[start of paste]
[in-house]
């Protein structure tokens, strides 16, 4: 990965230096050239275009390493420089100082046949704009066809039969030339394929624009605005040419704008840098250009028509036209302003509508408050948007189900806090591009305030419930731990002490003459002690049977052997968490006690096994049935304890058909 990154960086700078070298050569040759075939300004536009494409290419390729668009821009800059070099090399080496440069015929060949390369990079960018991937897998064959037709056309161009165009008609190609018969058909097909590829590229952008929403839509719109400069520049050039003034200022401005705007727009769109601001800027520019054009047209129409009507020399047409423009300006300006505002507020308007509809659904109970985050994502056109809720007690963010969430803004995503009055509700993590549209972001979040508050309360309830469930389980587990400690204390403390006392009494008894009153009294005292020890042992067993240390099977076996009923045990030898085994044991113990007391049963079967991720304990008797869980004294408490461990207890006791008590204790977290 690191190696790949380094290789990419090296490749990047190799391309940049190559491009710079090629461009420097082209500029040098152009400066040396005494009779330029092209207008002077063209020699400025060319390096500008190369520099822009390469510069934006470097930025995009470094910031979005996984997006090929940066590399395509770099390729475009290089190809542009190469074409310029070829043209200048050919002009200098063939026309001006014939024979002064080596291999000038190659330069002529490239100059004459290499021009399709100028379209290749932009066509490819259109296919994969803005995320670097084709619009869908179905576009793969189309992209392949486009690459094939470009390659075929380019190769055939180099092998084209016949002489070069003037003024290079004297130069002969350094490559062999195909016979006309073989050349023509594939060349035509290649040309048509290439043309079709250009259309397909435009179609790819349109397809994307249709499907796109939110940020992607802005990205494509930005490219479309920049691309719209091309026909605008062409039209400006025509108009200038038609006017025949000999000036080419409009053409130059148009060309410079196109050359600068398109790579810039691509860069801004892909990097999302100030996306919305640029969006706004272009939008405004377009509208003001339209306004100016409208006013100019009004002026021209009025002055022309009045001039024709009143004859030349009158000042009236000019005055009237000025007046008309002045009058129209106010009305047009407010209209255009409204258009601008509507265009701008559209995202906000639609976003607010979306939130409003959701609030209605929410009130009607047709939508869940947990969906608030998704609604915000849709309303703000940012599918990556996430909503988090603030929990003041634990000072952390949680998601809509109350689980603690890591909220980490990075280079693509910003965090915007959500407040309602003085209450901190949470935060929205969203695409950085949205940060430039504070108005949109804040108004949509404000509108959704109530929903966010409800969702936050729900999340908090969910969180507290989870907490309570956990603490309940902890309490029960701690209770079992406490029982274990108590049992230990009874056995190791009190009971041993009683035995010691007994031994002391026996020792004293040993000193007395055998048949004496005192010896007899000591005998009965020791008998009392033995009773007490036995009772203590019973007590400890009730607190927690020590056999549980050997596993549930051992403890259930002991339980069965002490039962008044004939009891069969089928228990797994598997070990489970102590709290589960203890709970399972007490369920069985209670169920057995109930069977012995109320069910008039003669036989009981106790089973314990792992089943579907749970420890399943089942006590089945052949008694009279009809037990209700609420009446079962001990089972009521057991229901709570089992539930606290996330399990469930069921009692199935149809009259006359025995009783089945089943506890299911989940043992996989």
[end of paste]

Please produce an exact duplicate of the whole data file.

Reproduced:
[in-house]
């Protein structure tokens, strides 16, 4: 990965230096050239275009390493420089100082046949704009066809039969030339394929624009605005040419704008840098250009028509036209302003509508408050948007189900806090591009305030419930731990002490003459002690049977052997968490006690096994049935304890058909 990154960086700078070298050569040759075939300004536009494409290419390729668009821009800059070099090399080496440069015929060949390369990079960018991937897998064959037709056309161009165009008609190609018969058909097909590829590229952008929403839509719109400069520049050039003034200022401005705007727009769109601001800027520019054009047209129409009507020399047409423009300006300006505002507020308007509809659904109970985050994502056109809720007690963010969430803004995503009055509700993590549209972001979040508050309360309830469930389980587990400690204390403390006392009494008894009153009294005292020890042992067993240390099977076996009923045990030898085994044991113990007391049963079967991720304990008797869980004294408490461990207890006791008590204790977290 690191190696790949380094290789990419090296490749990047190799391309940049190559491009710079090629461009420097082209500029040098152009400066040396005494009779330029092209207008002077063209020699400025060319390096500008190369520099822009390469510069934006470097930025995009470094910031979005996984997006090929940066590399395509770099390729475009290089190809542009190469074409310029070829043209200048050919002009200098063939026309001006014939024979002064080596291999000038190659330069002529490239100059004459290499021009399709100028379209290749932009066509490819259109296919994969803005995320670097084709619009869908179905576009793969189309992209392949486009690459094939470009390659075929380019190769055939180099092998084209016949002489070069003037003024290079004297130069002969350094490559062999195909016979006309073989050349023509594939060349035509290649040309048509290439043309079709250009259309397909435009179609790819349109397809994307249709499907796109939110940020992607802005990205494509930005490219479309920049691309719209091309026909605008062409039209400006025509108009200038038609006017025949000999000036080419409009053409130059148009060309410079196109050359600068398109790579810039691509860069801004892909990097999302100030996306919305640029969006706004272009939008405004377009509208003001339209306004100016409208006013100019009004002026021209009025002055022309009045001039024709009143004859030349009158000042009236000019005055009237000025007046008309002045009058129209106010009305047009407010209209255009409204258009601008509507265009701008559209995202906000639609976003607010979306939130409003959701609030209605929410009130009607047709939508869940947990969906608030998704609604915000849709309303703000940012599918990556996430909503988090603030929990003041634990000072952390949680998601809509109350689980603690890591909220980490990075280079693509910003965090915007959500407040309602003085209450901190949470935060929205969203695409950085949205940060430039504070108005949109804040108004949509404000509108959704109530929903966010409800969702936050729900999340908090969910969180507290989870907490309570956990603490309940902890309490029960701690209770079992406490029982274990108590049992230990009874056995190791009190009971041993009683035995010691007994031994002391026996020792004293040993000193007395055998048949004496005192010896007899000591005998009965020791008998009392033995009773007490036995009772203590019973007590400890009730607190927690020590056999549980050997596993549930051992403890259930002991339980069965002490039962008044004939009891069969089928228990797994598997070990489970102590709290589960203890709970399972007490369920069985209670169920057995109930069977012995109320069910008039003669036989009981106790089973314990792992089943579907749970420890399943089942006590089945052949008694009279009809037990209700609420009446079962001990089972009521057991229901709570089992539930606290996330399990469930069921009692199935149809009259006359025995009783089945089943506890299911989940043992996989």